Removing wallpaper can be an intimidating prospect, and with good reason. Depending on the circumstances, some old wallpaper comes off easily, but that’s not something you’ll discover until the process is well underway. It’s best to approach the task well prepared for every eventuality.
If the wall behind the wallpaper was primed or painted, it will likely make the removal process much simpler. If, on the other hand, the paper was applied to unpainted drywall, the task is going to be considerably more involved.
Check The Wall Condition It Was Applied To
Your best bet is to begin by removing a small section of paper and then checking to see if the wall behind has been primed or painted.
If it’s unpainted drywall, you’ll need to proceed carefully so as not to tear the paper backing from the wall.
Gather Your Wallpaper Removal Tools
Prior to beginning the project, you’ll need to obtain some wallpaper stripper. This is a liquid solution that you will spray on the wall.
And if you don’t already have these on hand, you will also need to pick up:
- a metal scraper
- a plastic squirt bottle (or the spray bottle version of the wallpaper stripper)
- a scoring tool (for extra tricky spots)
Step 1: Start In The Corner
Starting in a corner, pull a piece of wallpaper away from the wall. It may peel away easily in one piece, or you may be able to remove it in several sections, leaving only a trace of glue residue behind.
If so, you can apply wallpaper removal solution at this point, but you should take care to remove as much of the paper as you can while it is still dry; excess moisture runs the risk of damaging the wall.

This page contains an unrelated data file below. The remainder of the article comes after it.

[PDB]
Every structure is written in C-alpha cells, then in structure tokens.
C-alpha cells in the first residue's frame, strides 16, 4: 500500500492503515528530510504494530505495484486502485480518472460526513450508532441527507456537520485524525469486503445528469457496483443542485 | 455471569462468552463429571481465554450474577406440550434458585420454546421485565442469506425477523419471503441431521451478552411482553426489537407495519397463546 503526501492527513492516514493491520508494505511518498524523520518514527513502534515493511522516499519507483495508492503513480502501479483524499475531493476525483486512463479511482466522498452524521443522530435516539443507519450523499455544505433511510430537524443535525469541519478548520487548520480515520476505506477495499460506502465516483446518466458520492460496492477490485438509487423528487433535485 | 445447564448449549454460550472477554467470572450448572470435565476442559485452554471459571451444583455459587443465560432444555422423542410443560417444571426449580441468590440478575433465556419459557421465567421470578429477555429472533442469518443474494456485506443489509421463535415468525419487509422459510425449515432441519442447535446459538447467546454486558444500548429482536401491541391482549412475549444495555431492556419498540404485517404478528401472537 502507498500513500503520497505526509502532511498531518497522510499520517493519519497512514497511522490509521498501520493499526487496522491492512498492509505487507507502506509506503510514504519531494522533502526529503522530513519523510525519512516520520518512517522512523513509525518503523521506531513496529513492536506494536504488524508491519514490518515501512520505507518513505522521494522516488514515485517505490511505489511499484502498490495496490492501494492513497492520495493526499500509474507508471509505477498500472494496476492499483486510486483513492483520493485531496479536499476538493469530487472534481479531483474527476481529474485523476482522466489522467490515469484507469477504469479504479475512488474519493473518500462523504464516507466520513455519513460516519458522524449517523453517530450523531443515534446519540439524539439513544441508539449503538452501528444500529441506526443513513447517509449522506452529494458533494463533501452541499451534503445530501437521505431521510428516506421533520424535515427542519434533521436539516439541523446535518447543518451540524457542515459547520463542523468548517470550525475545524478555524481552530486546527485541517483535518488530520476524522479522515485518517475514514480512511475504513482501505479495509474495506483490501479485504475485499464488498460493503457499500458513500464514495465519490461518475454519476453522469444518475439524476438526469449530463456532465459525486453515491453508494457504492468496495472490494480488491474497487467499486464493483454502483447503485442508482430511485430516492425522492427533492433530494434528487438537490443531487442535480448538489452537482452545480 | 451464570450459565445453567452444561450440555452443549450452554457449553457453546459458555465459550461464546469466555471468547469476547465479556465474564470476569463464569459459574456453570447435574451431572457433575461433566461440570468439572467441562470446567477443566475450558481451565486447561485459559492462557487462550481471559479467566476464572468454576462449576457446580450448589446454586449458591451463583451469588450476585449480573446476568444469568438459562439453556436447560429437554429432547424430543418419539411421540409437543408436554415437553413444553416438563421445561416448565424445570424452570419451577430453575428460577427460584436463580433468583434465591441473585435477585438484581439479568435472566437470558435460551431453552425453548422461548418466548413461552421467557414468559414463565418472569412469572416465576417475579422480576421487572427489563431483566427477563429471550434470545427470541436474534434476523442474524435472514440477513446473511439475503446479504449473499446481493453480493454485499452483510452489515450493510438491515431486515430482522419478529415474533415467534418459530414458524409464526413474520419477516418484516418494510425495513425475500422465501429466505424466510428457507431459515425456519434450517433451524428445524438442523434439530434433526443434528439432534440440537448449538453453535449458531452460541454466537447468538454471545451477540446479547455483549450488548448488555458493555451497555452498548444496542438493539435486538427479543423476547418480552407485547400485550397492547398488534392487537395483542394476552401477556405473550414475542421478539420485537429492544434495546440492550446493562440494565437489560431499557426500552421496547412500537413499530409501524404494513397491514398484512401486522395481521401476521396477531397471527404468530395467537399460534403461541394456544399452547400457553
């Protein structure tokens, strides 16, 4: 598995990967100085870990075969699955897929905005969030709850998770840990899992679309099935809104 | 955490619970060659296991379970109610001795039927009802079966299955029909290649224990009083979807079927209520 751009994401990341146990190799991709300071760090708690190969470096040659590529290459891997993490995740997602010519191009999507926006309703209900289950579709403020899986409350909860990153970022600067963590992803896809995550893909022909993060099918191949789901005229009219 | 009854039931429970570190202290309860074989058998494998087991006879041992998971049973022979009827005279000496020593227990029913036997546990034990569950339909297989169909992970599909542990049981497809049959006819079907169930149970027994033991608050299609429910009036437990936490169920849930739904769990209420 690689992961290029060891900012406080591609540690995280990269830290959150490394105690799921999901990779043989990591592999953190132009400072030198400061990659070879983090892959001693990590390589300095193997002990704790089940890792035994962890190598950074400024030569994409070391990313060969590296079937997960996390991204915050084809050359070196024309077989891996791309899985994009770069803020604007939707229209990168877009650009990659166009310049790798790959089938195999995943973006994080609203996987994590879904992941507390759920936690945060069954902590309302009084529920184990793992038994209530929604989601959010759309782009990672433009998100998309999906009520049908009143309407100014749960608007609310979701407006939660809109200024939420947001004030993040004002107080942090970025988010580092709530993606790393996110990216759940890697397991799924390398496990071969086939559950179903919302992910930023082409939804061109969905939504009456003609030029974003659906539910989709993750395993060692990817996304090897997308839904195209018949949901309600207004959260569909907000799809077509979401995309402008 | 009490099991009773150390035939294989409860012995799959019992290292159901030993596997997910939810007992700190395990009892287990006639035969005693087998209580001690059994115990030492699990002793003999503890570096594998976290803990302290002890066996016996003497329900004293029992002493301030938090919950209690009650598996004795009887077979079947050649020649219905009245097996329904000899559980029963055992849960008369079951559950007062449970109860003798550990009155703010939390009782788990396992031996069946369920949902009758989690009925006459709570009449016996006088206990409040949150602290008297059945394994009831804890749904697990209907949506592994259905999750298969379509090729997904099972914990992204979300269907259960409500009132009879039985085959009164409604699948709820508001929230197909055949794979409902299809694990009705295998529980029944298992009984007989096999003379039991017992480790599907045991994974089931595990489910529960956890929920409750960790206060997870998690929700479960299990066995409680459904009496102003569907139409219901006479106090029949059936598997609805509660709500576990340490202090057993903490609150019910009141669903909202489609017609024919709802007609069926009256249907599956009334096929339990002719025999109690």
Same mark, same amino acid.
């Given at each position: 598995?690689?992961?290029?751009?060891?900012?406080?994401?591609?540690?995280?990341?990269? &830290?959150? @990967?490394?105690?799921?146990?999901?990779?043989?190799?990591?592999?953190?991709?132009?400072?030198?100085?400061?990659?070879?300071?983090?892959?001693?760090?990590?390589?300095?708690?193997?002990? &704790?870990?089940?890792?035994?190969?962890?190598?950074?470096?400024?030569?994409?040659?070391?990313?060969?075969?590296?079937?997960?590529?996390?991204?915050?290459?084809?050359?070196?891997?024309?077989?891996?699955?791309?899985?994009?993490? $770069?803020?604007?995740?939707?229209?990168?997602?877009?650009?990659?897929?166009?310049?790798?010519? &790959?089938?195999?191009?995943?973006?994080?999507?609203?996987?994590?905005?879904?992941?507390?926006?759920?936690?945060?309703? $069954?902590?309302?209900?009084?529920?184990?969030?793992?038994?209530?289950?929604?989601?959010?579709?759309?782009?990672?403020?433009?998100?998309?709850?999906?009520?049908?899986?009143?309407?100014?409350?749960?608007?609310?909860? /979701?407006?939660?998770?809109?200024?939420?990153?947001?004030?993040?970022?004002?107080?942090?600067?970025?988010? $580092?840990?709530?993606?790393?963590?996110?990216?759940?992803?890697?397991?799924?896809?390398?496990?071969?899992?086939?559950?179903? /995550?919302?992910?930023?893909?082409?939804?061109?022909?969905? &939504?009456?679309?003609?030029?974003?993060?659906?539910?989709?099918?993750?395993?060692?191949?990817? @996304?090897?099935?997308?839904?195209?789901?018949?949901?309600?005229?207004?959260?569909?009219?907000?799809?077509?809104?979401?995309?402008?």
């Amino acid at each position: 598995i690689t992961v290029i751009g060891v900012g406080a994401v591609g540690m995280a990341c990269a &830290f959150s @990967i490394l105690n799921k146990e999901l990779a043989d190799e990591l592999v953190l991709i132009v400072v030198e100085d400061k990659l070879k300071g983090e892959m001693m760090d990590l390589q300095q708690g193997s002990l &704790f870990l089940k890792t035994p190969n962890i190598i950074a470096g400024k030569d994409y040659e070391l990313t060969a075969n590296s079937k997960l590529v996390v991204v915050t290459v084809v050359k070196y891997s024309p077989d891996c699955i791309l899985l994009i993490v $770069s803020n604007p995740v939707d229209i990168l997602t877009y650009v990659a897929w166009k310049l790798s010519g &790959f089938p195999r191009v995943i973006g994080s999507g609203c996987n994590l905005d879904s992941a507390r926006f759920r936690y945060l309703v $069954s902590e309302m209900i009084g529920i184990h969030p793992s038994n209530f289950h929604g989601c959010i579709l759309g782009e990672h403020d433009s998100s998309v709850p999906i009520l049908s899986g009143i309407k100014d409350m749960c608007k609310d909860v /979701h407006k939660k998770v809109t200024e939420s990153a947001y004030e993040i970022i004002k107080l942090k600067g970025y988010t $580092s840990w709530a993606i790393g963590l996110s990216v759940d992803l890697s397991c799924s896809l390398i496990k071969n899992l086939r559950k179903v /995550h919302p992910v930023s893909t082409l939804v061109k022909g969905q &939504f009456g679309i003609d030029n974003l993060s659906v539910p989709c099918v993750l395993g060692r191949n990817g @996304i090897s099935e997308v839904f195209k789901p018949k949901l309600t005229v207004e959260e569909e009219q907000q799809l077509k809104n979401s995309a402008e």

Step 2: Apply Removal Solution
Apply the paper removal solution using a squirt bottle or a garden sprayer. Begin by spraying the wall at the top and move in approximately four foot sections. Saturate the wall with a fine mist, but again, don’t get too carried away.
Step 3: Scrape
Then, using a scraper, scrape away the remnants and glue residue. Take care not to nick the wet drywall with your scraper. Continue until you have removed all wallpaper and glue.
For stubborn residue, sand it away with a piece of sandpaper. This may require several pieces, because glue tends to quickly diminish the sandpaper’s effectiveness.
Step 4: Score (optional)
For particularly difficult pieces and residue, it may be necessary to employ a scoring tool.
Score the wallpaper and then apply more removal solution, allowing it to seep through the paper and loosen the residue beneath.
Use a scoring tool only as a last resort, since it’s very easy to damage the drywall underneath.
If you plan to paint the wall rather than hanging new paper, you must prime the walls so that the paint will properly adhere to the treated surface.
Removing wallpaper can be a challenging undertaking, so take your time and follow these simple steps. And remember, if in doubt, it’s better to engage the services of a professional rather than to regret the outcome (and potentially extra cost) later.